Commentary: Making America alone again

By Jin Bowen (Xinhua) 13:37, February 04, 2024

BEIJING, Feb. 3 (Xinhua) -- The United States has always tried to paint itself as a champion of openness and inclusiveness. Yet in practice, it is increasingly inclined to erect all kinds of barriers, turning itself further away from the global community.

In recent months, some Chinese scholars and students, who held valid visas to enter the United States, were interrogated and even deported at airports. In the meantime, related U.S. authorities raided Chinese businesses in the United States, and confiscated the cellphones, computers and other personal devices of the Chinese individuals working in the companies.

Along the U.S.-Mexican border, the state of Texas has put up barbed wire fences to deter migrants. The Lone Star state is locked in a stand-off with the Federal government over a fermenting immigration crisis, which may well define the outcome of the 2024 U.S. presidential election, and reflects the growing anti-immigration and xenophobic sentiments in a country that is always touted as a nation of immigrants.

These seemingly separate incidents, along with many other protectionist approaches by Washington, such as the Biden administration's keeping punitive trade barriers put in place by the Trump White House against the Europeans, have sent out an unmistakable signal: the United States is turning ever inward-looking and only interested in looking after its own interests.

The United States, still the sole superpower of the world, is losing self-confidence, and has become what U.S. political commentator Fareed Zakaria called a "self-doubting superpower."

The general mood in the United States is pessimistic. According to a Pew Research Center survey done in April last year, Americans held a dim view about the current state of the country, with large majorities expressing dissatisfaction with the economy and overall national conditions. And they see the country will be in decline in many respects in the not-too-distant future.

For ordinary Americans, even as U.S. stocks hit record highs and the economy appears to have delivered a strong performance, they say they are still struggling to pay their bills and fend for their families.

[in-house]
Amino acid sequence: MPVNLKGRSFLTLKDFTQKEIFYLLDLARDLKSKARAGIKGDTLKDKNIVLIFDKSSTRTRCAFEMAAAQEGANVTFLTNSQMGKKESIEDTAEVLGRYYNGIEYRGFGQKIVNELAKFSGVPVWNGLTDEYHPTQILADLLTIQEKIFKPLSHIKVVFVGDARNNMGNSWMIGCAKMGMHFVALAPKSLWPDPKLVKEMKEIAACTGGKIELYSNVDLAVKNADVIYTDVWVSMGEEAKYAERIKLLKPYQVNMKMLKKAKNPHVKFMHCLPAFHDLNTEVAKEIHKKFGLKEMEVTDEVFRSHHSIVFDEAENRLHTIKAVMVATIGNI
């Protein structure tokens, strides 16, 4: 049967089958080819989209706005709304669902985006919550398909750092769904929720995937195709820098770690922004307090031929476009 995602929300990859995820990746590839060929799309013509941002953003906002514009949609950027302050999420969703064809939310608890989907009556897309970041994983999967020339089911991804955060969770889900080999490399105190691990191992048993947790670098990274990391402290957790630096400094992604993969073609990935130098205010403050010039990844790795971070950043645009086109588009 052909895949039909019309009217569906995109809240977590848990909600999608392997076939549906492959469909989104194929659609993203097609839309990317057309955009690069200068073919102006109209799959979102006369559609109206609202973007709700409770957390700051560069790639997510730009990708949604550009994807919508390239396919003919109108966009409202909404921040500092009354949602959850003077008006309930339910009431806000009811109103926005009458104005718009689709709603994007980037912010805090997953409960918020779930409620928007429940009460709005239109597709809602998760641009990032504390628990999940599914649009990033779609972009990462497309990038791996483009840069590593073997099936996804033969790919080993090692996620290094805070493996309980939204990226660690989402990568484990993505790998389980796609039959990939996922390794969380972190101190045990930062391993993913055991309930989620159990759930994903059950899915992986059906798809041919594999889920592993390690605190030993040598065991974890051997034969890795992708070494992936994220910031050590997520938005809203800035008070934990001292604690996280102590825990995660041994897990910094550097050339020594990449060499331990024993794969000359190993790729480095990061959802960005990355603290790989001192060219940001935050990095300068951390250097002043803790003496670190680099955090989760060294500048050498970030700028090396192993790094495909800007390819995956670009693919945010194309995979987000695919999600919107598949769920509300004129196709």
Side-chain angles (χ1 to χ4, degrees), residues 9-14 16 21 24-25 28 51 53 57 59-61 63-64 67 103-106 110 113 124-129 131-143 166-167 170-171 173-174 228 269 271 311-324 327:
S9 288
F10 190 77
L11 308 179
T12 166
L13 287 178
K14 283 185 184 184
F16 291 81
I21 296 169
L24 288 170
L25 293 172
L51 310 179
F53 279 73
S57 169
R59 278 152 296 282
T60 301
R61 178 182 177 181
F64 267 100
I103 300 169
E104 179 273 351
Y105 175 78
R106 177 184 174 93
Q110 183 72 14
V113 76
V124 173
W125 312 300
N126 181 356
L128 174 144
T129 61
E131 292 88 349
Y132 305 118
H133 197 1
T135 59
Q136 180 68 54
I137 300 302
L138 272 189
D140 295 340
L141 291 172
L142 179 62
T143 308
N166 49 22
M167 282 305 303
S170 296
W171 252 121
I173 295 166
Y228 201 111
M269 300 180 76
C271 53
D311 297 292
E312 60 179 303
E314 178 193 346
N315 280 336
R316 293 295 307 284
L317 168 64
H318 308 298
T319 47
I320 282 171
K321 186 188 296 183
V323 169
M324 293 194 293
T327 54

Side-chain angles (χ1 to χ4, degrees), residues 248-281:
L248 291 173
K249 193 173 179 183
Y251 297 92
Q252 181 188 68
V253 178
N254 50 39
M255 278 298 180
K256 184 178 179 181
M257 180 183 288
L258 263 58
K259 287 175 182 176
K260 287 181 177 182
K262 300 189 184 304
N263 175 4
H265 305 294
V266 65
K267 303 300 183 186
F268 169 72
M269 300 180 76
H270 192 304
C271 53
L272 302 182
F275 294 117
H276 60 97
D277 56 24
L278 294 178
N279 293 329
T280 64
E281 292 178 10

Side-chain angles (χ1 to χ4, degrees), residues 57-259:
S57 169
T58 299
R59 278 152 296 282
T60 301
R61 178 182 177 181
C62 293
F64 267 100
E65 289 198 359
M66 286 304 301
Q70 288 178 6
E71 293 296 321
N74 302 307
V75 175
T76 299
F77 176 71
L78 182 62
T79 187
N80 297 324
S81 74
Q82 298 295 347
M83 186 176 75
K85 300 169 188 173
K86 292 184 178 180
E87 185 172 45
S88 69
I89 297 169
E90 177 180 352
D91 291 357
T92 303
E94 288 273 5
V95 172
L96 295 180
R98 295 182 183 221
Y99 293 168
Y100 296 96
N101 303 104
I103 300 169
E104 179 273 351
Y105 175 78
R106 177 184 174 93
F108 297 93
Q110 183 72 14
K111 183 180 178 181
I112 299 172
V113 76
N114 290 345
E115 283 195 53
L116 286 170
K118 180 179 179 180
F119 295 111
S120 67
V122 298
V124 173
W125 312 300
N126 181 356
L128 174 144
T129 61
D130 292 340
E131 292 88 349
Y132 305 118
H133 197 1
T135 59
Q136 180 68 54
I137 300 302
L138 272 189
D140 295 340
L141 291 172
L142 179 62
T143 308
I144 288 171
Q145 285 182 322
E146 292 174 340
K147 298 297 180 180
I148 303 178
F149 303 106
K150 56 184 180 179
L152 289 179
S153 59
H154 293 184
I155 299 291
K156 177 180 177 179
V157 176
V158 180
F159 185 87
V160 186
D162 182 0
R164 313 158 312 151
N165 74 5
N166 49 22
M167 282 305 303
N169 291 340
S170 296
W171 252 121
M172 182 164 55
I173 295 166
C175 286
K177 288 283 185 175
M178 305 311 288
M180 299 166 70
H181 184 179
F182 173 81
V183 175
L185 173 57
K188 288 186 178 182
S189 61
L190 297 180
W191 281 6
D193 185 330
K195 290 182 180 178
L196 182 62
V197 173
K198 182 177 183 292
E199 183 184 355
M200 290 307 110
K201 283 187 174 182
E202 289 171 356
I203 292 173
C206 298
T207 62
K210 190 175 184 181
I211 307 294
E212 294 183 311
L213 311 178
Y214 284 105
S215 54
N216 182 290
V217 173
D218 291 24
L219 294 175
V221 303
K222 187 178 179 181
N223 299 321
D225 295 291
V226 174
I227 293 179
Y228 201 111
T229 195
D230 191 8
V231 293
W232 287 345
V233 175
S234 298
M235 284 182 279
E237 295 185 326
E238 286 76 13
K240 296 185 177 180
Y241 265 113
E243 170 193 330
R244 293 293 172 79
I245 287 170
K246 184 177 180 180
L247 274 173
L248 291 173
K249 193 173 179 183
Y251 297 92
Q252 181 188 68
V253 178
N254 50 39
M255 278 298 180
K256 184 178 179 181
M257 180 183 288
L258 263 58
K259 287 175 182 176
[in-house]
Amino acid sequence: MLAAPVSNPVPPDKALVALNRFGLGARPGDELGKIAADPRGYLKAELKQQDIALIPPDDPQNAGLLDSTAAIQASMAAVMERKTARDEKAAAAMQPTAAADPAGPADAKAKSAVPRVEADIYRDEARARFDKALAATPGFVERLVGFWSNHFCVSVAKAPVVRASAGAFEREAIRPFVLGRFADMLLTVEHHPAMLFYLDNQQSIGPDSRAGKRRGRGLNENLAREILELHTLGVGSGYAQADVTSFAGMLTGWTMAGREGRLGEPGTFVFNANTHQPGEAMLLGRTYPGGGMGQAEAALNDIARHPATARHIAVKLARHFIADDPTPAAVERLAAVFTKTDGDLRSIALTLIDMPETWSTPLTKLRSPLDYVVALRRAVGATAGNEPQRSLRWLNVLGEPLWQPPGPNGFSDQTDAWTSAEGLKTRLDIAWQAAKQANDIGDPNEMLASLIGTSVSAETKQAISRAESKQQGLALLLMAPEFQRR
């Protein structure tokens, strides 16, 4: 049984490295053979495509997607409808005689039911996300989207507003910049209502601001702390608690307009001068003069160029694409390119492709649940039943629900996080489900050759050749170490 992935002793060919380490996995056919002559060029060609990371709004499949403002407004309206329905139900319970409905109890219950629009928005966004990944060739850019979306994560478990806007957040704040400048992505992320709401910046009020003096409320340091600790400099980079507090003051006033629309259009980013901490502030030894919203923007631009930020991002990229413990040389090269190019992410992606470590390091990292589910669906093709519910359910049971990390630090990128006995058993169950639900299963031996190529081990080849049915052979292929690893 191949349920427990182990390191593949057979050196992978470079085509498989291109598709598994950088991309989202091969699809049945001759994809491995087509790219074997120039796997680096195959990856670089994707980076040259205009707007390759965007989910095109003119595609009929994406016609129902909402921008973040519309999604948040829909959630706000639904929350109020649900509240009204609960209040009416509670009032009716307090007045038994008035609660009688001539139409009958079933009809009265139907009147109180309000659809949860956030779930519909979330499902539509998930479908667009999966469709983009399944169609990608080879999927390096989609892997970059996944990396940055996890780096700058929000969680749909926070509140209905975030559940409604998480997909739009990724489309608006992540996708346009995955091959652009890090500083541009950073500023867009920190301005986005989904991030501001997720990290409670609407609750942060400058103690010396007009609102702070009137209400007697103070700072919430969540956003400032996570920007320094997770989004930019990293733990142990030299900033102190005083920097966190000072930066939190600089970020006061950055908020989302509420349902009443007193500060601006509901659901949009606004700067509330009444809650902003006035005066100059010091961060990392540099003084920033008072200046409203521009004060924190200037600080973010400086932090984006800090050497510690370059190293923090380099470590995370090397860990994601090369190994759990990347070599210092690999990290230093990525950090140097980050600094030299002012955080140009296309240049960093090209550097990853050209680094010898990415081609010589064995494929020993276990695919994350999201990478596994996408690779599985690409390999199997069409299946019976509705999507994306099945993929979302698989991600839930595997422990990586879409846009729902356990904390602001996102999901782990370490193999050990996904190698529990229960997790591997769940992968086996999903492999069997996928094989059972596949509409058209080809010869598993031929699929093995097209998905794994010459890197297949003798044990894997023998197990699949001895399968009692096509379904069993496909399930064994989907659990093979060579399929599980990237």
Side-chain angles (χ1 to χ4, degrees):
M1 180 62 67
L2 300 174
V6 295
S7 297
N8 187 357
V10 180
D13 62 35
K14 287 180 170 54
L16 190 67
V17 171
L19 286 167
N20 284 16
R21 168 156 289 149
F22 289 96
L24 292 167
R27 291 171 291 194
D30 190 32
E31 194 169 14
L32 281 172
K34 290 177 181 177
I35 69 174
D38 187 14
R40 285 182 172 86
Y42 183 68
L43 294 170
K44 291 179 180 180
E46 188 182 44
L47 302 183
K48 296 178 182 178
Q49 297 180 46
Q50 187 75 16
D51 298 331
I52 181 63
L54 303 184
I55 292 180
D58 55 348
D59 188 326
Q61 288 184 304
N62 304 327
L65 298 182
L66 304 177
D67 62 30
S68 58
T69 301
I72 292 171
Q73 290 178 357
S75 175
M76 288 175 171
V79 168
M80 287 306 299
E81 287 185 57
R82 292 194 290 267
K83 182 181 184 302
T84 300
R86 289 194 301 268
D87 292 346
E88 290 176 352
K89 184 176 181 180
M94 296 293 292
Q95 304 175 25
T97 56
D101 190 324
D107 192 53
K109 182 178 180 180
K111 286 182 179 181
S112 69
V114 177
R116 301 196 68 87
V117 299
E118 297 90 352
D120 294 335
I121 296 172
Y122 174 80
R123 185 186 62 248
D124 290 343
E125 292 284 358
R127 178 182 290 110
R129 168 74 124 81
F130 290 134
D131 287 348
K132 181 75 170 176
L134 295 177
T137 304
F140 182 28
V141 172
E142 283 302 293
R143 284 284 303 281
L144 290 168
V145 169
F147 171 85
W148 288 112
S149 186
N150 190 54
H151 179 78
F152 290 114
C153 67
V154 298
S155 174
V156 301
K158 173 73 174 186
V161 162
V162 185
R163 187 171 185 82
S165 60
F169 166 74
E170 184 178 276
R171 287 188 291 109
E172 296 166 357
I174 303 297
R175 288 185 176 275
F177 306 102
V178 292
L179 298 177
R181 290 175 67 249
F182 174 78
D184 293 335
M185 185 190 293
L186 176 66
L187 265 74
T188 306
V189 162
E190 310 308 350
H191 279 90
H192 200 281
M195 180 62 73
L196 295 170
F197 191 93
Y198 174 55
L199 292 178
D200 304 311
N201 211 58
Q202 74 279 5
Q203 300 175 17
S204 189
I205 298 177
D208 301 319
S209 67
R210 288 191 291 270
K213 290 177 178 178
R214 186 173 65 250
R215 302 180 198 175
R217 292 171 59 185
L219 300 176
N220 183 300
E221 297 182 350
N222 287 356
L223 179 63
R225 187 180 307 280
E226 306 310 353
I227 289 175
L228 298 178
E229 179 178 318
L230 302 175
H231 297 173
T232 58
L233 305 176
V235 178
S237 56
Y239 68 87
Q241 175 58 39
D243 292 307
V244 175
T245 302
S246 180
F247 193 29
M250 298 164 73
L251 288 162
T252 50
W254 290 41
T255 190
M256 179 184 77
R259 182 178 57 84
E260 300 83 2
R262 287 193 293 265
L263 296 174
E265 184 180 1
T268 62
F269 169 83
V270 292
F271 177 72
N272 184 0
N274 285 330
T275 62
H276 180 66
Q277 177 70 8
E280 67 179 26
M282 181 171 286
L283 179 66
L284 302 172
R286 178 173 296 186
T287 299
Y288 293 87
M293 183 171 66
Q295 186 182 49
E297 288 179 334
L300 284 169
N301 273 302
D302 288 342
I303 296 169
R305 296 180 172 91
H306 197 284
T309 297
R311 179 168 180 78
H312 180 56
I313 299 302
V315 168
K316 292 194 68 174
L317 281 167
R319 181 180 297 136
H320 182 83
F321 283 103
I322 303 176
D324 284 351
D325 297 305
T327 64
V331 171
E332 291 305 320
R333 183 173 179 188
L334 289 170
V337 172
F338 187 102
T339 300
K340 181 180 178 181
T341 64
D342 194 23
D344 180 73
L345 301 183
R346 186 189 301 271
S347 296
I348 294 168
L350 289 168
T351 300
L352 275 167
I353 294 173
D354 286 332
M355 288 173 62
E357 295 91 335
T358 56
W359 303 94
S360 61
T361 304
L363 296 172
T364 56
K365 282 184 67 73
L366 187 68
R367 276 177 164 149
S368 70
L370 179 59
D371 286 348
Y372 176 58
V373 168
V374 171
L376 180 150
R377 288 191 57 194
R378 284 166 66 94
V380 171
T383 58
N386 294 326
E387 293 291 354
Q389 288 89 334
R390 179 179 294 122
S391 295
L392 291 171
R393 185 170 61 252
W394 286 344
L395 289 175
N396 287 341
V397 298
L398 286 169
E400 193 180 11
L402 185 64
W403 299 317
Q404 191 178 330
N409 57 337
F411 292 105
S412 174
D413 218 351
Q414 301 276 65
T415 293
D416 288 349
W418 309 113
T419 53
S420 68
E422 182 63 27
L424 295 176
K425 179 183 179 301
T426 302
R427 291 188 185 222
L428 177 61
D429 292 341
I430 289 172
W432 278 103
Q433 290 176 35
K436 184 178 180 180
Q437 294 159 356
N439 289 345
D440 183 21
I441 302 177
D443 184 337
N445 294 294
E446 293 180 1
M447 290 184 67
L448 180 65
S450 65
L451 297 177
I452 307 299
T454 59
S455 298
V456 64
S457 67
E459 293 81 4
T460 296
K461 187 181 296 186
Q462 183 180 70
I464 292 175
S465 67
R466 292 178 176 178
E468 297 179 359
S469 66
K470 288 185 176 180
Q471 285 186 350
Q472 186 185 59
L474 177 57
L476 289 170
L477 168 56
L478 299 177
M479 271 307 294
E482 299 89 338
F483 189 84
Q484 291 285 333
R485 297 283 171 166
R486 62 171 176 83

Facing the frustrated majority of Americans, politicians of both Democrats and Republicans in Washington have consistently failed to rise up to those real problems chronically plaguing the country, like the widening wealth gap, prevalent drug problems, inflating national debts, stagnated immigration reforms and entitlement program crisis.

Instead of working together to fix those problems, they are busy blaming almost anything they can think of, including political opponents in the country, rising economies far away from America's shores, plus European allies Washington claims it will protect, among others.

An utterly vicious cycle has taken shape: those unfixed domestic problems lead to politicians' preposterous blame game, which would in turn feed political polarization, tear social fabrics part, and spur racism, populism and xenophobism in the country, further complicating the political, economic and social conditions to solve those problems.

America's manufacturing industries are where those contradictions and chaos converge. The Biden administration seeks to reindustrialize America. Yet it also tries to pander to the United Auto Workers, an American labor union, for election support by backing the union's call for record high salary increase, which will greatly cost the competitiveness of carmakers like Ford and General Motors in the global market.

For the Republicans, they blame America's faltering manufacturing on immigrants and foreign competitors for taking away the jobs of those impoverished "rednecks" in the south and struggling "blue collars" along the Rust Belt. This is also an election tactic.

In the meantime, a manufacturing renaissance depends in a large part on a huge skill labor force. People born outside the United States made up 18.1 percent of the overall labor force, the highest level in data back to 1996, according to data published by the U.S. Labor Department in May last year. However, America's rising anti-immigrant atmosphere and chaotic policies, while making migrants hard to come to the United States, could well deny the revival of those labor-intensive industries to actually make a comeback.

More worryingly, extreme conservatism has already poisoned public opinions. That is evidenced by the surge of hate crimes against Asians in the United States in recent years, and the airport harassment cases against the Chinese students.

Openness and tolerance for diversity are some of the important reasons that make America the strongest country in the world. What is regrettable is that the country now even does not recognize itself as a nation of immigrants as the United States Citizenship and Immigration Services removed the phrase from the agency's new mission statement back in 2018. It should do better than that.

Times have changed. It is neither possible nor realistic to win by adopting isolationism, as the United States once did, remaining complacent and uninvolved in global affairs.

In the era of globalization, everyone is closely interconnected, and no one can thrive in isolation. The United States turning people away serves no benefit to either the world or itself.

(Web editor: Zhang Kaiwei, Liang Jun)


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